As the Patriots rest up on the bye week, let’s take the week off to hand out some mid-season awards at what’s roughly the halfway point of the season.
The Patriots stand at 7-3 and in good position heading into the last six games of the season, so although the loss in Tennessee was disappointing, there’s still plenty of reason to praise what this team has accomplished.
MVP: TOM BRADY
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And still the MVP of the Patriots. Brady has struggled over the last three games as I detailed here, but the 41-year-old is still one of the premier quarterbacks in the NFL. Brady is sixth among quarterbacks in overall grade (89.2) and seventh against pressure (63.6), according to Pro Football Focus. Talks of his demise are once again premature as the Pats quarterback is as valuable as ever to his team, and continues to set the standard for quarterback play across the league.
OFFENSIVE PLAYER OF THE YEAR: JAMES WHITE
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Although Brady is the most valuable, running back James White has been Brady’s only consistent option in the passing game every week. White leads all running backs with 66 receptions (fifth overall), 562 receiving yards, and six receiving touchdowns this season. He’s on pace for 106 catches (would be a new NFL record for a running back) and 899 receiving yards which would shatter the single-season franchise records at the position. Furthermore, White has converted nine of his 24 red zone touches into touchdowns, making him the Patriots’ best red zone threat this season.
DEFENSIVE PLAYER OF THE YEAR: STEPHON GILMORE
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Gilmore had his worst game of the season against the Titans, and defensive end Trey Flowers deserves some love here too, but the Patriots’ top cornerback gets the nod after a stellar first half of the season. Gilmore ranks third in the NFL with a 46.4 completion percentage into his coverage (min. 15 targets) and is second in the league with 12 pass breakups. In ten games this season, Gilmore has allowed an average of 33.1 receiving yards into his coverage. The teams big-money signing last offseason has shut down the likes of Sammy Watkins, Allen Robinson, and Davante Adams this season en route to a potential Pro Bowl selection.
ROOKIE OF THE YEAR: SONY MICHEL
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If rookie linebacker Ja’Whaun Bentley were still on the field, he’d probably edge out Michel, who is the last man standing to take home this award. However, Michel has earned it averaging 64.7 rushing yards per game in seven games played, which would be the most by a Patriots rookie since Robert Edwards in 1998. Michel padded those stats with three-straight performances with over 95 rushing yards, also the longest streak by a Pats rookie since Edwards’ inaugural season in the late-90s. Once Michel got acclimated, his vision, burst, and ability to convert that acceleration into power became apparent explaining his status as a late first-round pick. The former Georgia star has dealt with injuries of his own, missing three games so far this season, but his talent cannot be denied.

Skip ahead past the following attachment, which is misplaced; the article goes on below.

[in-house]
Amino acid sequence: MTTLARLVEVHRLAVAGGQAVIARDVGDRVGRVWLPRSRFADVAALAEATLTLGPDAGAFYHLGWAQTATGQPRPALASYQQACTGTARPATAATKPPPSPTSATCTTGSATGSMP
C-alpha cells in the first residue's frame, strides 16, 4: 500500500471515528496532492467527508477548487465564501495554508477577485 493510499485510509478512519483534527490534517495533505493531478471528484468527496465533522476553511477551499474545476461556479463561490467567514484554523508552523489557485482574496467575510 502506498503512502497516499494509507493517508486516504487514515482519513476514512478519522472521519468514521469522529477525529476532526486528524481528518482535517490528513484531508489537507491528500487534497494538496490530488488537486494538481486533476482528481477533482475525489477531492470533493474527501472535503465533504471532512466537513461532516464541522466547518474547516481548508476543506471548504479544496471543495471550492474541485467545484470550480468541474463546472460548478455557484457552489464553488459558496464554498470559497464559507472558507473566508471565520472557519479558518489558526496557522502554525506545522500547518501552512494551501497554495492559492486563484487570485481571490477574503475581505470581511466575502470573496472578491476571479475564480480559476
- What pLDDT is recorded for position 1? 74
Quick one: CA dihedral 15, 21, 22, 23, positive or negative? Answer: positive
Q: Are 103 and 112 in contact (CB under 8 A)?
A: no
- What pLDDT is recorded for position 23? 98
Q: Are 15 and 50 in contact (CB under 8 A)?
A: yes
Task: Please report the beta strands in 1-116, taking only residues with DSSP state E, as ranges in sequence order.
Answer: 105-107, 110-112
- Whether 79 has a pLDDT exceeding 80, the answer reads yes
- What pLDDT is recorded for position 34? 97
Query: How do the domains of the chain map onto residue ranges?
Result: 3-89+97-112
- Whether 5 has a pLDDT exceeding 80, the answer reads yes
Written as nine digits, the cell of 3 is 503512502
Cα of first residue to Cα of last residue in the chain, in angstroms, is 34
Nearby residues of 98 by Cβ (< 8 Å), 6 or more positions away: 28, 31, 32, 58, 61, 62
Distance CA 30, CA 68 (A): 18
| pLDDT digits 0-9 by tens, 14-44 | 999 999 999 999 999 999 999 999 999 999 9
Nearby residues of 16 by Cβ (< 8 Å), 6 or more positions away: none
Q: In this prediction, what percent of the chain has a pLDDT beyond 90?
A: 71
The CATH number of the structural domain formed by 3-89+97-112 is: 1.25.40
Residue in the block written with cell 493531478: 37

COMEBACK PLAYER OF THE YEAR: JULIAN EDELMAN
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We had to wait four extra games for his return, but wide receiver Julian Edelman has been impressive in his first year back from an ACL tear that ended his 2017 season before it started. There’s still one more gear missing from Edelman’s game at times, and a recent ankle injury could be to blame, but he’s averaging 71.0 receiving yards per contest, which would be the second-most in a season in his career, and his 71.4 catch rate would be a career-high. Also, Edelman is still one of the most productive slot receivers in the league, averaging 1.69 yards per route run out of the slot (eighth in NFL) with a 75.7 catch rate (ninth). Although he’s still working his way back, statistically, Edelman and Brady haven’t missed a beat, a testament to Edelman’s work ethic as he returns from a severe injury.
MOST IMPROVED PLAYER: PHILLIP DORSETT
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This one might come as a surprise, and his playing time and counting stats don’t back it up, but the film suggests that Dorsett has made significant strides this season as a route runner. The former first-round pick has improved his understanding of attacking leverage out of his stem, is better at setting up defenders at the top of his route, and has developed the ability to sink his hips and cut to create separation. Although he lost playing time with the addition of Josh Gordon, Dorsett was impressive early on in the season before Gordon’s arrival and continues to make plays when called upon; if Chris Hogan’s struggles continue, expect Dorsett’s playing time to increase.
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